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Re: EAS System

Brian marveled that:
<<At 12:06EST today programming was automatically interrupted by an EAS
tornado alert.  >>


   sadly, most tornado warnings are usually within a fifteen minute period 
from time of
issuance to potential time of the storm itself forming.  (maybe Bruce S. can 
help out in the weather department, now that he has a bit of spare time...)
    but most, and i say "most", EAS systems are designed to activate 
automatically within twenty minutes of the reception of a signal deemed 
mandatory for rebroadcast.  so ...  20 - 15 = one flattened trailer park.
    not trying to make light of the situation.   yes, the system does work.  
if you hear an EAS alert in the middle of a song or a commercial, the odds 
are pretty good that there is not a LIVE OPERATOR at the controls at that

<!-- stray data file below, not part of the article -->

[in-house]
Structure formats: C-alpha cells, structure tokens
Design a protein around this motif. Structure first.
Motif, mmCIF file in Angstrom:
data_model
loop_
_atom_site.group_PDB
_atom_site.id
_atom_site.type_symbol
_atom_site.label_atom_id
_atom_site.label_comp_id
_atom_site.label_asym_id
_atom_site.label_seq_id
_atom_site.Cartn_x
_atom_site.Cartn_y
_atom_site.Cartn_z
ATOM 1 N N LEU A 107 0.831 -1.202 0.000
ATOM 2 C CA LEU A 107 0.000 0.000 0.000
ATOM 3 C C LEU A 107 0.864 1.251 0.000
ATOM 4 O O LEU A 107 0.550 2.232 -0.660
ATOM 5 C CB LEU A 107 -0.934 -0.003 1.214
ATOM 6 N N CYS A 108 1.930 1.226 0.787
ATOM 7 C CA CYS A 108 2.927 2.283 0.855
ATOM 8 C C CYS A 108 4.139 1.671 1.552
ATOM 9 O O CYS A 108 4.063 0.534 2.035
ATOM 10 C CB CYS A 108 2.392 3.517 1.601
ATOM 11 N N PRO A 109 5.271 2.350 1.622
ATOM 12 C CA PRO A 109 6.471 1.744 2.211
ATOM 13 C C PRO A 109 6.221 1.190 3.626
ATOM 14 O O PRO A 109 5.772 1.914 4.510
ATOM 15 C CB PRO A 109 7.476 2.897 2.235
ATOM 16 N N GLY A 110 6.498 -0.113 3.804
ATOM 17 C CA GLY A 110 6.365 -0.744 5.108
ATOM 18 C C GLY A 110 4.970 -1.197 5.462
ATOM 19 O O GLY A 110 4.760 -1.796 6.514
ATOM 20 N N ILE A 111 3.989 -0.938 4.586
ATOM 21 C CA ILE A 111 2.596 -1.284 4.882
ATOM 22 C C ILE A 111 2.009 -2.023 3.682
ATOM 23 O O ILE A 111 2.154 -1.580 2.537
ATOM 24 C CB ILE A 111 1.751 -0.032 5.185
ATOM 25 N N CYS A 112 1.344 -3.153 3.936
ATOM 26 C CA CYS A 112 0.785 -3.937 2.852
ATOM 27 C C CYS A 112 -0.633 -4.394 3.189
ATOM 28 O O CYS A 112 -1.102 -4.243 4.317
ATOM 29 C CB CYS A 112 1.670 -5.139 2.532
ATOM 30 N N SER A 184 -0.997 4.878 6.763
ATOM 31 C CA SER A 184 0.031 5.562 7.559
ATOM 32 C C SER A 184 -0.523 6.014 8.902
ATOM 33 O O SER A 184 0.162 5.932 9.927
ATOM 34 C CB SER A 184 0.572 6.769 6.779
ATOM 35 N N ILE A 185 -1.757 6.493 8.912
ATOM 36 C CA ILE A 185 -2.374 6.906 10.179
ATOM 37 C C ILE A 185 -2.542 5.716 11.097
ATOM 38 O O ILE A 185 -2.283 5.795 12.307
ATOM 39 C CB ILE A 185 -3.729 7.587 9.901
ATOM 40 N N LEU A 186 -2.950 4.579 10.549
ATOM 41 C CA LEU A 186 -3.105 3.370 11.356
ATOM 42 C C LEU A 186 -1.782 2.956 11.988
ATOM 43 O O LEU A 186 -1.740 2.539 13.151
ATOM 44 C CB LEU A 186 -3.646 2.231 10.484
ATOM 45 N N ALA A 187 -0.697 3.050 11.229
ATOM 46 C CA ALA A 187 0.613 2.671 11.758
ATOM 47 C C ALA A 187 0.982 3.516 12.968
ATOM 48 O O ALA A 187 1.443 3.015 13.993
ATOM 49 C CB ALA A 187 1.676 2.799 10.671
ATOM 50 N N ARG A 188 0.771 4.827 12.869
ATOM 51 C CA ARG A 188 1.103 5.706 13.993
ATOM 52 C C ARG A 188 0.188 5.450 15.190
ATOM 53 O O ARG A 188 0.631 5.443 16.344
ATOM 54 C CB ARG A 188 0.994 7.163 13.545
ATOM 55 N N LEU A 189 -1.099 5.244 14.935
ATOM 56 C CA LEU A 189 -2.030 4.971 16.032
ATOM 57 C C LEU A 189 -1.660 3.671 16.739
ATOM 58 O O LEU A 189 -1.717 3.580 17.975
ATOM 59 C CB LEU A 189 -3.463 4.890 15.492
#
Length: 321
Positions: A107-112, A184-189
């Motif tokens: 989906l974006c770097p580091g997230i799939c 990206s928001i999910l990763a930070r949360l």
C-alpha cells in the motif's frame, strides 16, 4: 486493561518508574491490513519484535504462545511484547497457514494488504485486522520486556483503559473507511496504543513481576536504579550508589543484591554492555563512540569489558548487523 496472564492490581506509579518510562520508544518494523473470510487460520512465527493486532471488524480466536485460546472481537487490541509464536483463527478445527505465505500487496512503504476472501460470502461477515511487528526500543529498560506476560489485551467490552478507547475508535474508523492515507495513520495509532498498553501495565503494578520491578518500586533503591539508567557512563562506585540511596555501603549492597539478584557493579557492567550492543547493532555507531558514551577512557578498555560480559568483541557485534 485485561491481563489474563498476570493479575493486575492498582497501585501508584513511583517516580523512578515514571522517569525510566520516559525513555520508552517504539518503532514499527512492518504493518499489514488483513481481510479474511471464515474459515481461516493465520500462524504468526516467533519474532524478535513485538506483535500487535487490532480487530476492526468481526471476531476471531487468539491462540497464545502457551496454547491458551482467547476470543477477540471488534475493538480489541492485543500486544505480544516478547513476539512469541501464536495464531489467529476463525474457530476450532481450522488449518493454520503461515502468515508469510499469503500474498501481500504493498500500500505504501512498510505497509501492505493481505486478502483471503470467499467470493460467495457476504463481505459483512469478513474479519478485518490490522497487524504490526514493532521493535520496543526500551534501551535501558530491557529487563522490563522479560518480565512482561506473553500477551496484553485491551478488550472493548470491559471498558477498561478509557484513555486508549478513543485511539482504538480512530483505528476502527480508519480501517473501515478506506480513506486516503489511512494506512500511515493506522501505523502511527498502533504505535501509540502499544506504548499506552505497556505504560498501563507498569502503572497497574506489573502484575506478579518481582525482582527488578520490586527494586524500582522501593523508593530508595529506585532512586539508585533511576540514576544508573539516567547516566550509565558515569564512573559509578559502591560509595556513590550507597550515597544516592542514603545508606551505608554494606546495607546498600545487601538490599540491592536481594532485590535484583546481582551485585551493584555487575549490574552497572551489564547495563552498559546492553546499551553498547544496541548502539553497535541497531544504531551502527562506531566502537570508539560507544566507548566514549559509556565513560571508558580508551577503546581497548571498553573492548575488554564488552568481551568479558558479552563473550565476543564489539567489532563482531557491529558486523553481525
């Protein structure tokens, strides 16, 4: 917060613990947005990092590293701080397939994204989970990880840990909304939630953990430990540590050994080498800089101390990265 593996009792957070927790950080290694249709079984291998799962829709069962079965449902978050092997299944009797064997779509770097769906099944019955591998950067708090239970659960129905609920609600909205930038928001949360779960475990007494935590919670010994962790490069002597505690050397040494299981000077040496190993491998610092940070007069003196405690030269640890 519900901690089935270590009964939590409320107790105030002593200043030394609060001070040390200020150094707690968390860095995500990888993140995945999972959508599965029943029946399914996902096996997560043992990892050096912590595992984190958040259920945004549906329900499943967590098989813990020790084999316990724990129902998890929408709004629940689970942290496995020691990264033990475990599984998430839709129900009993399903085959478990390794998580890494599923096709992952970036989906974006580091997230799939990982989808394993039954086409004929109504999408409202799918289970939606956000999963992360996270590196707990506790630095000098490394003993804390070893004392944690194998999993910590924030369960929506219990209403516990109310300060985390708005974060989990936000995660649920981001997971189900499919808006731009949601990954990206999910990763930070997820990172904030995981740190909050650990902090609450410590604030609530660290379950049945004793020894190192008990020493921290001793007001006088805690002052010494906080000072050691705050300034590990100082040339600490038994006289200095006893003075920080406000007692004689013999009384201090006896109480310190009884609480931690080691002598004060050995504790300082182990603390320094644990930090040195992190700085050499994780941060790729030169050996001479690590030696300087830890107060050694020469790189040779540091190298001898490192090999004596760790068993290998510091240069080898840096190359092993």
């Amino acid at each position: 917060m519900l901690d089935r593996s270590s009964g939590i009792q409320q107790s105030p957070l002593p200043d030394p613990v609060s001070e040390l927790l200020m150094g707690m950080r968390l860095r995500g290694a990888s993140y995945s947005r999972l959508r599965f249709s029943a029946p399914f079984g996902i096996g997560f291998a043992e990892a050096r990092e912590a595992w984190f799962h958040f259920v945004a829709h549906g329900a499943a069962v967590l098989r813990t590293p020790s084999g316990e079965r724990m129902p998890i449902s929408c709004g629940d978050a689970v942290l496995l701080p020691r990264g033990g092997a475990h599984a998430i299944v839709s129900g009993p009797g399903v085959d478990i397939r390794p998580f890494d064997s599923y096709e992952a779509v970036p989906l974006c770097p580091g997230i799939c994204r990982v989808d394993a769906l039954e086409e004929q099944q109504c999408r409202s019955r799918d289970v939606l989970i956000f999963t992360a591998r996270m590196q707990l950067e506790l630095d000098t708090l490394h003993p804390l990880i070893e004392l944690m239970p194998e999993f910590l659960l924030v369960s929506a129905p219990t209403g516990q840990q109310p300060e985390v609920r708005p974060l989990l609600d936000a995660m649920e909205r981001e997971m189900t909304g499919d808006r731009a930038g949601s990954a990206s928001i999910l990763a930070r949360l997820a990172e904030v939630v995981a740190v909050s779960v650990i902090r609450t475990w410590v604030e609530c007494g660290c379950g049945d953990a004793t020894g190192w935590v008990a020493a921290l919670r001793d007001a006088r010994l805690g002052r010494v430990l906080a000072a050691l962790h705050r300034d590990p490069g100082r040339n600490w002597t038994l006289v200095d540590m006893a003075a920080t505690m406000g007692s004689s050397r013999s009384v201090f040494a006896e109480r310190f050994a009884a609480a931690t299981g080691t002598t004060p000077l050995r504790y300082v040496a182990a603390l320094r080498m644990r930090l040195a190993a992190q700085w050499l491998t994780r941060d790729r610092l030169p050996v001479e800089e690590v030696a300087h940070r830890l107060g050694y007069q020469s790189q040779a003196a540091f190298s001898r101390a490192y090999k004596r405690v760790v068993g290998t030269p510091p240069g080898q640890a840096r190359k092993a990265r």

moment.  this will happen during the regular monthly tests.  should you hear 
one on WBZ or WBMX, and you've often wondered if W--- is automated, flip your 
radio to the suspected signal and start your stopwatch.  if it's automated, 
you should hear the required monthly test within 20 minutes.  if there's a 
living body in the control room, you'll most likely hear the rebroadcast as 
part of a normal programming break.
     i had a similar experience on one of my northward treks back from 
Florida as we passed through South Carolina.  in the middle of a tune, the 
EAS tones kicked in, and the tornado warning included a time-frame for which 
we should be on the lookout... five minutes earlier had been the closing of 
that time-frame.
    and WSJZ's Mark Edwards is not only a former Boston broadcaster, he's 
also another Mainer-Living-In-Exile.  (he logged time at WCSH and WYNZ, as 
well as Kiss 100)

- - Chuck (don't call me Auntie Em) Igo